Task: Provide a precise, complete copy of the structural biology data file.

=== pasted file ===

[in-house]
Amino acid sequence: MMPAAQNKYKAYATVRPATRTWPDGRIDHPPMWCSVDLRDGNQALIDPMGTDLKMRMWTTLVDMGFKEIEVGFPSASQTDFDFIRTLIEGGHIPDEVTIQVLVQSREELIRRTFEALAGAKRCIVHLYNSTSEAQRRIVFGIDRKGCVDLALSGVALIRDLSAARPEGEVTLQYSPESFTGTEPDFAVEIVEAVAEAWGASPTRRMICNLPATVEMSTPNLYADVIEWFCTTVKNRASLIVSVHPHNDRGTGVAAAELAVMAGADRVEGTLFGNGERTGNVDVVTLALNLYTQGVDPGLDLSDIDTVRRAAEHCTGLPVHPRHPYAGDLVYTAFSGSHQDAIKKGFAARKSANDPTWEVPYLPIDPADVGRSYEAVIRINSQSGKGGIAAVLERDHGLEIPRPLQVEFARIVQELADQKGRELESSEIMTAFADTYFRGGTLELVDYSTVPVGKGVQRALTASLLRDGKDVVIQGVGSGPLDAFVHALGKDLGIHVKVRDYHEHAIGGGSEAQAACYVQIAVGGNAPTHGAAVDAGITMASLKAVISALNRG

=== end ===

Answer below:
[in-house]
Amino acid sequence: MMPAAQNKYKAYATVRPATRTWPDGRIDHPPMWCSVDLRDGNQALIDPMGTDLKMRMWTTLVDMGFKEIEVGFPSASQTDFDFIRTLIEGGHIPDEVTIQVLVQSREELIRRTFEALAGAKRCIVHLYNSTSEAQRRIVFGIDRKGCVDLALSGVALIRDLSAARPEGEVTLQYSPESFTGTEPDFAVEIVEAVAEAWGASPTRRMICNLPATVEMSTPNLYADVIEWFCTTVKNRASLIVSVHPHNDRGTGVAAAELAVMAGADRVEGTLFGNGERTGNVDVVTLALNLYTQGVDPGLDLSDIDTVRRAAEHCTGLPVHPRHPYAGDLVYTAFSGSHQDAIKKGFAARKSANDPTWEVPYLPIDPADVGRSYEAVIRINSQSGKGGIAAVLERDHGLEIPRPLQVEFARIVQELADQKGRELESSEIMTAFADTYFRGGTLELVDYSTVPVGKGVQRALTASLLRDGKDVVIQGVGSGPLDAFVHALGKDLGIHVKVRDYHEHAIGGGSEAQAACYVQIAVGGNAPTHGAAVDAGITMASLKAVISALNRG